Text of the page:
Creative Play Space has all sorts of toys and games for children to expand their minds.

4) Scale

From a wide landscape shot to a close-up side profile, vary your shots with the size of your subject in relation to their surroundings. If the environment is what you want to have more of, your child can be smaller in comparison. Or of course they're running so fast and you don't want to miss the action, you can take a wider shot and crop later.


Shooting from waist up will bring the focus more deeply to the child's activities, and their level of concentration at that time. Close-up portraits will be featuring just the face and a more intimate focus on a certain feature of their face.

Cute David & Goliath Preschool student Rihanna posing for a photo.

5) Candid vs Posed

Let's face it, preschoolers in their element will usually not be able to look straight at the camera. It's easier to capture their natural expression and personality when they are themselves, being caught up in some task or playing or interacting with others. It also beats the parents constantly snapping their fingers in a bid to get their attention, calling out "Look here, look here!"


However, quieter or more composed children may do better at posing since they keep still for longer. They may also be able to take some instructions for the perfect photo like "Smile and show your teeth! Tilt your head to the side. Open your eyes wider. Gesture a heart sign..." and so on.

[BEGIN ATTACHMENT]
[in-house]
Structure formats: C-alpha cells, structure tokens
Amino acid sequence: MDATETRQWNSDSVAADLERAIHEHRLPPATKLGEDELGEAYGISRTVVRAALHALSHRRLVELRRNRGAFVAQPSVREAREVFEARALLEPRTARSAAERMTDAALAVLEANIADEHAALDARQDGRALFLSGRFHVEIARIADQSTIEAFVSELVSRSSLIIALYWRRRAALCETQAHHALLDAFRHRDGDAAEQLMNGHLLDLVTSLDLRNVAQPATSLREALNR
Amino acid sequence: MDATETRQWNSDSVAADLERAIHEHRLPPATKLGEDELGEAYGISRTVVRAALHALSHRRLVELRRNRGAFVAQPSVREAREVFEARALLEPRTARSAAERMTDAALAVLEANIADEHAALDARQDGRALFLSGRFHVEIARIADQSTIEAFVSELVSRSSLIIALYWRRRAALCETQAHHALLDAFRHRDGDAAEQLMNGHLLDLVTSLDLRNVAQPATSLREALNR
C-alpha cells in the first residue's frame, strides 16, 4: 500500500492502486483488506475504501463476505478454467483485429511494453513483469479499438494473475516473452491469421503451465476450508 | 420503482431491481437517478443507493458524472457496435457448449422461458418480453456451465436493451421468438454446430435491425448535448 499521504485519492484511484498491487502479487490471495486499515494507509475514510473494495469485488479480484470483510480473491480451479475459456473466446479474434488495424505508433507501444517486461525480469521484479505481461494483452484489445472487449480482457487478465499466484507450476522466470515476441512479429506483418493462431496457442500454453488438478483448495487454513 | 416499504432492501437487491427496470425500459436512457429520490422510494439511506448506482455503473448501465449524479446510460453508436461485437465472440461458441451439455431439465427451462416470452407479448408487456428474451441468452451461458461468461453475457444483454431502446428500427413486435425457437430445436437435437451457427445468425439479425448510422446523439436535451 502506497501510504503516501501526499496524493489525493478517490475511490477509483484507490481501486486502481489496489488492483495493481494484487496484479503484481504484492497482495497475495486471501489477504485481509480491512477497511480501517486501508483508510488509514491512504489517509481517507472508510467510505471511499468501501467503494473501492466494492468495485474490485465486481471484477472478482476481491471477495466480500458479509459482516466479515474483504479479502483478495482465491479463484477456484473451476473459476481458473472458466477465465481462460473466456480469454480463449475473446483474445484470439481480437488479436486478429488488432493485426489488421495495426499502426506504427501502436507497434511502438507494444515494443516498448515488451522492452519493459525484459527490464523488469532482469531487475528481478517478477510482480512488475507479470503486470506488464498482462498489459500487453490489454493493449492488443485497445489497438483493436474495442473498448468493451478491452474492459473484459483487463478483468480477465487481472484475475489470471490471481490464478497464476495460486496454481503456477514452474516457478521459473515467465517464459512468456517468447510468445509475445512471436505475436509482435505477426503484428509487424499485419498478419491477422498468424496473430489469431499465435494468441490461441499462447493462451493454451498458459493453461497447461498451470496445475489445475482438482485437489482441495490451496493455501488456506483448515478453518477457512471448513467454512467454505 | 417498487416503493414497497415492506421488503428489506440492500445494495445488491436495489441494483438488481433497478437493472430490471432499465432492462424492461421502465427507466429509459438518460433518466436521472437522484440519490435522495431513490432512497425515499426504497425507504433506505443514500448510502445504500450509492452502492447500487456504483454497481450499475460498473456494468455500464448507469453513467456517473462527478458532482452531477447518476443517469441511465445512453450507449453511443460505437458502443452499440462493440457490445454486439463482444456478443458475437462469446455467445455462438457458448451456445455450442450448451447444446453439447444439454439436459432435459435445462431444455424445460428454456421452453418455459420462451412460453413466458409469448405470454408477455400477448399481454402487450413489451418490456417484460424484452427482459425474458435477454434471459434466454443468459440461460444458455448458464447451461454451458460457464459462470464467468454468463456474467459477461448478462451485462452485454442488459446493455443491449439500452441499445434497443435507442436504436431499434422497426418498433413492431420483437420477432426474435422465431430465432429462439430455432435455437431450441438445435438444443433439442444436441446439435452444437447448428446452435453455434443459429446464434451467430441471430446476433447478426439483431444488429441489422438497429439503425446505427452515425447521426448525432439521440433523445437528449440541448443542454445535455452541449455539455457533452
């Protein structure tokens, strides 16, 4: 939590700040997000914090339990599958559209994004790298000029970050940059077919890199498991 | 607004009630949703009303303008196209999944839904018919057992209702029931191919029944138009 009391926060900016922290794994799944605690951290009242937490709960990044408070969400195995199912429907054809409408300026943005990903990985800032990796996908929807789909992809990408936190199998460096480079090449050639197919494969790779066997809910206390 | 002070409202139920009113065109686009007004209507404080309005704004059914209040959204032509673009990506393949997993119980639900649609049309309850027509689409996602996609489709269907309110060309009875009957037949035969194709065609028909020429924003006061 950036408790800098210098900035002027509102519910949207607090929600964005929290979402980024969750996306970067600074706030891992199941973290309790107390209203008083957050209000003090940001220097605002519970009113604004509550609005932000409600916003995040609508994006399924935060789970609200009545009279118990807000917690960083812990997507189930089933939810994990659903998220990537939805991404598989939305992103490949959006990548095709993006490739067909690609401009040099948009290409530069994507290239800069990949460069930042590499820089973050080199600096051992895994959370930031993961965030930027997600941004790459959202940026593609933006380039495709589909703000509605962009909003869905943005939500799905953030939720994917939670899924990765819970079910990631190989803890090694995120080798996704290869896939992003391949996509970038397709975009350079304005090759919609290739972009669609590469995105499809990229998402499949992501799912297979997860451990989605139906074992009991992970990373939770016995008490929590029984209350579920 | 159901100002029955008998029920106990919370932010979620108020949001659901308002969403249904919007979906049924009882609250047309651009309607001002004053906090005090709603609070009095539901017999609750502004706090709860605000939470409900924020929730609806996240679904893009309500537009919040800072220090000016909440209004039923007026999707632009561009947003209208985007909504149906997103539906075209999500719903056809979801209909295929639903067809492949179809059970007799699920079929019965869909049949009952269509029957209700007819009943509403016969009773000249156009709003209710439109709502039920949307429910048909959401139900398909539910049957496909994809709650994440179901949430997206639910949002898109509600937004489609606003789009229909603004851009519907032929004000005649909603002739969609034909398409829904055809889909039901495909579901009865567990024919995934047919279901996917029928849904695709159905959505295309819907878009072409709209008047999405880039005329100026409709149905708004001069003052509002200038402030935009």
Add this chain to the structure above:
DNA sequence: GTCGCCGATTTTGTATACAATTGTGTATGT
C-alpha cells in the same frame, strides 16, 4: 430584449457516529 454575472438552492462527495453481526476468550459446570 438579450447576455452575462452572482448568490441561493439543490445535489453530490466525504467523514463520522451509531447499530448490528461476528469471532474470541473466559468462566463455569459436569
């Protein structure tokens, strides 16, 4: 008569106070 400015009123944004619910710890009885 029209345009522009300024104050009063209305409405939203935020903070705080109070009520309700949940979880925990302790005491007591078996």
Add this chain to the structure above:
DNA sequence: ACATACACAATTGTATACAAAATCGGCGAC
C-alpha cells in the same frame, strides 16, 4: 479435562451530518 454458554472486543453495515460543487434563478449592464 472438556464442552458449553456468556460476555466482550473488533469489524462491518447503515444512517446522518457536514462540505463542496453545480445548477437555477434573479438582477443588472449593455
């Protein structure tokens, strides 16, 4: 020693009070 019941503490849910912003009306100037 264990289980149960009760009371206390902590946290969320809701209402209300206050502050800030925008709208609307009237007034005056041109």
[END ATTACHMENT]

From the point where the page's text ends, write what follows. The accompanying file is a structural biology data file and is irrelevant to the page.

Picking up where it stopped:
There's always some movement and activity the DGP children will get up to, like hopscotch

6) Lightning Speed

Your camera needs to be fast, you also probably need to be as fast. The general settings (if your phone camera allows) is to set a higher shutter speed and ISO for exposure. This will reduce blurriness of your shots as your child zooms around. If your camera movement can match the speed of your child, you can attempt to move it alongside him as you take quick burst shots, and hopefully there will be 1 that has a good focus on your kid's face.


If they can stop midway through their activity, like hang on a monkey bar a few seconds longer, for you to take your shots, that might yield better results.

DGP Preschoolers get as low as possible in this music and movement session.

7) Good Knees

Because you're either, squatting, duck-walking or kneeling on the ground to capture your child who is knee-height. The fabric of your pants can only take so much, let alone the skin on your knees. On shoot days when you have family outings, consider knee guards or softer terrain like grass to kneel on (and glucosamine for joint health). You may bruise a little but the photos are worth it, and your thighs will get their workout.


If it's too much, just hold the phone upside down and level it with them to take their picture. You can flip the photos 180-degrees right side up after that.


The best pics you can capture is at their eyeline.


8) Permissions for Posting

It's not necessary when you're shooting in a public place. If someone wanders into your shot as you're taking your child, you can use the magic of subject removal on apps like Photoshop or Canva (which removes the whole background) and retain your child's image. Though of course if a stranger clearly features in your photo, you're probably going to delete it anyway. But if you're on private property, like a school, it's always best to ask permission of the Principal or parents of children who will appear in your photos before putting them up online.


Your child can't create a social media account now, but you can begin archiving on their behalf online or physically in a scrap book. These will make for great memories as they grow up and look back on their life with you.